AMD's supply of next-generation notebook CPUs, which are based on the Ryzen 3 architecture and set to be released in the first quarter of 2021, is expected to fall short of demand, according to sources from the upstream supply chain.
The sources pointed out that many notebook ODMs have not yet received confirmation from AMD about the volumes they will be allocated of the next-generation CPUs.
With power management ICs and panel driver ICs still in serious shortages, a short supply of AMD's CPUs could undermine notebook brands' performances further in the first quarter of 2021, the sources noted.
In addition to notebook CPUs, AMD is also experiencing serious shortages in desktop processors and graphics cards with some market observers blaming insufficient capacity support from TSMC, which is giving priority to making chips used in Sony's hot-selling PlayStation 5.
However, some other observers believe the issue is with the packaging process.
AMD, commenting on the shortages of its desktop CPUs, noted that demand for the CPUs has significantly outstripped supply though the company has been striving to increase production for the CPUs.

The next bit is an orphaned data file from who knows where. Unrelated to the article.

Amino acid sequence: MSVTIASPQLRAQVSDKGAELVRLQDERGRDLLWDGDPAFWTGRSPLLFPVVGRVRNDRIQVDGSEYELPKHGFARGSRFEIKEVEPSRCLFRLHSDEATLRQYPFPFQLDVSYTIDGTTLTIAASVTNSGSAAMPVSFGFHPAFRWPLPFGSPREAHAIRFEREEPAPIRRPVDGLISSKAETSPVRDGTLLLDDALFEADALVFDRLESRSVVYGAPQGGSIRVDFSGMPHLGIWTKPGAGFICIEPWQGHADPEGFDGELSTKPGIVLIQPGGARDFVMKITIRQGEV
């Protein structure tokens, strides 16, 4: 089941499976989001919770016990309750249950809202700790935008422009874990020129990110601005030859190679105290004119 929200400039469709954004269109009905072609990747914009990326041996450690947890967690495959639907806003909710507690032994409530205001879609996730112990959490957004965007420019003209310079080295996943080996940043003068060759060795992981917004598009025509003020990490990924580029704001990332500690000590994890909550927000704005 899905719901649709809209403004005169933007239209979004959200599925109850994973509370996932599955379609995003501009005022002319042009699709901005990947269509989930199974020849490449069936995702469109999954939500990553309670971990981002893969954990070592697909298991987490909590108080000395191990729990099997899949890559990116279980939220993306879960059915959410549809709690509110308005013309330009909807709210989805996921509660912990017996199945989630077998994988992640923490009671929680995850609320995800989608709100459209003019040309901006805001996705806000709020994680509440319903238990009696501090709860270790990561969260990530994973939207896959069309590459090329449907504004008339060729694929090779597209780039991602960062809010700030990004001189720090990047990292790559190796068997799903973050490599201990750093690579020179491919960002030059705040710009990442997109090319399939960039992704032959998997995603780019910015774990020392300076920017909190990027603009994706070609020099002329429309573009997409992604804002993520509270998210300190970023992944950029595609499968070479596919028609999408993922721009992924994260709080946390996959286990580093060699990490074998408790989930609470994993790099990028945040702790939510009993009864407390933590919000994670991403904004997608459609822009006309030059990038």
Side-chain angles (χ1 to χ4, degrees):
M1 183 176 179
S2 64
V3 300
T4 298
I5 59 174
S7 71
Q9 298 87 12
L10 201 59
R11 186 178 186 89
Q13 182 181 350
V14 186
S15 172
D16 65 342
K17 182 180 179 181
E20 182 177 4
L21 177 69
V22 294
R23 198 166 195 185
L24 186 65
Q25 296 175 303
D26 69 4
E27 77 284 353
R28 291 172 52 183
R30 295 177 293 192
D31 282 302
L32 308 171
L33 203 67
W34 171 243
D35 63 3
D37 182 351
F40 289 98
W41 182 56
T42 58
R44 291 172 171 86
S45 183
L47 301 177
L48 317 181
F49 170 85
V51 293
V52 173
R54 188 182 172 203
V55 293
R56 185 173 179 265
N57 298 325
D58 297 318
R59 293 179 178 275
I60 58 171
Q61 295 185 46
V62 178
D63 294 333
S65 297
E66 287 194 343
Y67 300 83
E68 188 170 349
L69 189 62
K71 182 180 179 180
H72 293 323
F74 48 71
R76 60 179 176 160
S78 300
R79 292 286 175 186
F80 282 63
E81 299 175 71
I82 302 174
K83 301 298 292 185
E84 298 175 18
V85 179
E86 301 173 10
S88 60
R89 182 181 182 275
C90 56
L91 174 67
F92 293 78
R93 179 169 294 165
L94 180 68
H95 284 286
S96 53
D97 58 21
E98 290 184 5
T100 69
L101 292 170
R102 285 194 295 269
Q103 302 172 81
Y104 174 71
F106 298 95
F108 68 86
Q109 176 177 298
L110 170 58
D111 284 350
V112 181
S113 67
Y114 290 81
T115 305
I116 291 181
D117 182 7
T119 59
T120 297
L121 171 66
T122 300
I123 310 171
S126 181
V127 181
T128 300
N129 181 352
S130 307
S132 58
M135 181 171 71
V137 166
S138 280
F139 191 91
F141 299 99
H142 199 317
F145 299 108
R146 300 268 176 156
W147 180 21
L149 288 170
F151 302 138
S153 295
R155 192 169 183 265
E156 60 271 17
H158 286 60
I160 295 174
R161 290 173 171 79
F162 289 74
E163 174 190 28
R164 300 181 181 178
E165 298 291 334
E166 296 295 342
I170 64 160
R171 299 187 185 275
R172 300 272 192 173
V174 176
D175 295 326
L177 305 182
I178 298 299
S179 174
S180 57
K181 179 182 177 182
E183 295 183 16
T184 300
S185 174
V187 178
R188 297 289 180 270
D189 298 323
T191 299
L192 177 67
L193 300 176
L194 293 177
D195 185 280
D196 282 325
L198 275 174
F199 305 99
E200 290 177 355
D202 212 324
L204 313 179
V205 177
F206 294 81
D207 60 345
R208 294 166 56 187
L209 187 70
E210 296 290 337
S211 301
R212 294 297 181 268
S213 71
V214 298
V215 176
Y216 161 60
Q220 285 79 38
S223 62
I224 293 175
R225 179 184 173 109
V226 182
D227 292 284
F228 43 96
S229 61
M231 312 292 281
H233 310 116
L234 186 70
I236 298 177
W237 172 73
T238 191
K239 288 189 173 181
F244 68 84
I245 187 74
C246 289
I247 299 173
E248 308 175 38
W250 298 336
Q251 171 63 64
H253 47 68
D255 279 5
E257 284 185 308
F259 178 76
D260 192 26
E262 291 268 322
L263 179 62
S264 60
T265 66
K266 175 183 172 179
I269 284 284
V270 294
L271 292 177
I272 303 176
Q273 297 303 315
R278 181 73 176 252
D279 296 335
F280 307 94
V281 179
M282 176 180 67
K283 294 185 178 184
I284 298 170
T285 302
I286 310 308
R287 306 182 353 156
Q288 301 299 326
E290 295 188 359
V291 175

Intel is also expected to upgrade its notebook CPUs to the latest Tiger Lake H architecture in the second quarter of 2021, but it remains to be seen whether the new product line will also be in short supply, the sources said.
The sources pointed out that many ODMs expect global notebook shipments to pick up 35-40% on year to arrive at 270-280 million units in 2021, up from 2020's around 200 million units,
Currently, AMD is only able to satisfy 50-60% of demand for its Ryzen 2 processors and it is still unclear when ODMs can receive meaningful volumes for Ryzen 3, the sources said.
Intel's supply of Core i3, i5 and i7 processors is all tight, and Intel CPUs that have seen thw worst shortages are the Celeron series because of brisk demand for Chromebooks.
AMD next-generation notebook CPUs may be in shortage
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